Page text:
Fossil fuels, primarily gas, are a fixture in millions of American homes and businesses, but the building sector’s climate impact hasn’t received the same scrutiny as coal and gas in the power sector or oil in the transportation sector.
Fortunately, that’s changing.
In 2019, more than 20 California cities jump-started a building decarbonization movement when they took steps to eliminate gas from new buildings, ensuring they will instead be constructed with electric appliances such as heat pumps. At the end of the year, Brookline, Massachusetts joined the movement, and more cities around the country are expected to enact electrification measures in 2020.
The gas industry is mobilizing to oppose these measures, setting the stage for local battles across the country. 2020 could mark a turning point for building-sector emissions, according to a new Rocky Mountain Institute analysis.
Here are five charts illustrating why a growing number of cities and states are turning their attention to fossil fuels in buildings and why the electrification movement is critical to addressing climate change.
The U.S. Electric Grid Is Getting Cleaner, But Not the Buildings Sector
Thanks to the rapid decline of coal generation and the growth of wind and solar power, the electric grid is quickly getting cleaner. As a result, the U.S. electric sector reduced its carbon emissions by 26 percent from 2005 to 2018. Preliminary estimates for 2019 indicate that this trend is accelerating, with another 10 percent drop just from 2018 to 2019.
Building-sector emissions, on the other hand, remain largely unchanged despite energy efficiency gains. This is because more than half a million new customers are added to the U.S. gas system each year.
In order to bend that curve and cut direct building emissions, states and cities will have to pursue policies that end the expansion of new gas infrastructure and accelerate the transition to electric heating and cooking.
The Majority of Direct Building Emissions Are Coming From Burning Natural Gas
While oil is still used for heat in many Northeastern states, and propane is used in rural areas around the country, gas produces the majority of direct building emissions in the U.S.
Between the direct emissions from burning gas and the methane that leaks throughout the supply chain, fossil gas accounts for more than half a billion tons of annual emissions (81 to 87 percent of overall direct building emissions), making it an important target for communities looking to cut carbon emissions, particularly in states that have already made significant progress cleaning up their electricity supply.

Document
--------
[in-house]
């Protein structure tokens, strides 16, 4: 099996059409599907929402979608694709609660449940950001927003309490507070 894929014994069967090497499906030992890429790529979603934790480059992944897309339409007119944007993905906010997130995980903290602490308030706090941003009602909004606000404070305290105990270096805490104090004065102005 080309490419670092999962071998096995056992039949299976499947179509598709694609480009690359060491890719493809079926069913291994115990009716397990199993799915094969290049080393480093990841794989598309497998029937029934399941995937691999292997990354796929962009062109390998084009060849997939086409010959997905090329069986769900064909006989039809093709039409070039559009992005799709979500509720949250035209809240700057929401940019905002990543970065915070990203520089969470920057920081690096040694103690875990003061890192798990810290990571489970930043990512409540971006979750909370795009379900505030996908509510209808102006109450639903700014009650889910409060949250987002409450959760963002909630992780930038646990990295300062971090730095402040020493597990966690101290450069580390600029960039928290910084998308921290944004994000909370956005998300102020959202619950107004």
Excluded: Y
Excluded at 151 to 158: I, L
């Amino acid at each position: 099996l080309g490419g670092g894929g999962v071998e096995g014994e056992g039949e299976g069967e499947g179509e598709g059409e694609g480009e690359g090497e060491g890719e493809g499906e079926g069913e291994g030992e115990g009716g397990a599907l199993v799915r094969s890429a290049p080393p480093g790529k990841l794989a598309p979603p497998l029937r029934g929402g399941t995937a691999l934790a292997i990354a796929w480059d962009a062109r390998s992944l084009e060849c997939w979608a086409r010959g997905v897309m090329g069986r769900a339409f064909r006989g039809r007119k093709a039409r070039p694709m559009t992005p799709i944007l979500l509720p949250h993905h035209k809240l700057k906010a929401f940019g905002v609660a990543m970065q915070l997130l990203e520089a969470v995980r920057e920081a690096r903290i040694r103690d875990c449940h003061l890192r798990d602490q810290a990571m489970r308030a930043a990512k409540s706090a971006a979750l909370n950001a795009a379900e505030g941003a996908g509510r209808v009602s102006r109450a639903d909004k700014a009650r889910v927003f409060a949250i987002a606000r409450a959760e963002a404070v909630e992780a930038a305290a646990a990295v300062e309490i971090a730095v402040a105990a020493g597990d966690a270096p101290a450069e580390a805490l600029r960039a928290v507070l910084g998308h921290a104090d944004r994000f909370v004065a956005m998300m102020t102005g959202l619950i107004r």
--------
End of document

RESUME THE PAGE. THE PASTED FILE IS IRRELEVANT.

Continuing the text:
Most of the Top-Emitting States Have Ambitious Climate Change Goals
Most states with the highest proportion of emissions from burning fossil fuels in buildings also have ambitious climate change targets — generally 80 percent emissions reductions by 2050 or greater. This dramatic decarbonization pace means it’s simply not possible for these states to meet their climate goals without rapidly electrifying buildings.
To get a sense of the scale of this challenge, consider New York, America’s top state in terms of gas consumption in buildings and direct building emissions. To meet the targets laid out in the state’s ambitious new climate change law, RMI analysis estimates that New York will have to decarbonize 1,600 commercial buildings and 67,000 residential units per year between now and 2030.
Gas Infrastructure Spending Is Rising Rapidly
New spending on gas infrastructure tripled from 2009 to 2017, rising to $14.9 billion per year, even as the overall U.S. gas distribution system continues to get older.
In many places including Chicago and Massachusetts, new programs to accelerate pipe replacement are imposing high costs on customers. Not only are these infrastructure investments costly and time-intensive, but they’re also incongruent with climate change goals because they lock in decades of new emissions.
The utilities installing these new pipes (and the customers who use them) continue to build up their exposure to the financial risk that they will be holding un-depreciated assets that are no longer useful in a climate-aligned future.
Policies that accelerate the transition to all-electric homes and buildings can put cities on a path to retiring these expensive assets rather than replacing them.
All-Electric Homes Are on the Rise Across the Country
While all-electric buildings may be the future of heating, cooking and maintaining a comfortable indoor environment, they’re already far more common — and more affordable — than most people realize. One in four U.S. homes is all-electric, and that number is rising in all regions, with the highest overall percentage in the South.
Even in colder climates in the Midwest and Northeast, millions of homes are already all-electric and fossil-fuel-free. Thanks to recent advancements in heat pump technology, the devices are now far more effective at heating in colder environments. Cold-climate states like Maine and Vermont have implemented programs to develop heat pump markets, spurring sharp increases in deployment.
This confluence of economic, climate, technical and policy trends will make 2020 a big year for building electrification.
Mike Henchen is a manager at the Rocky Mountain Institute.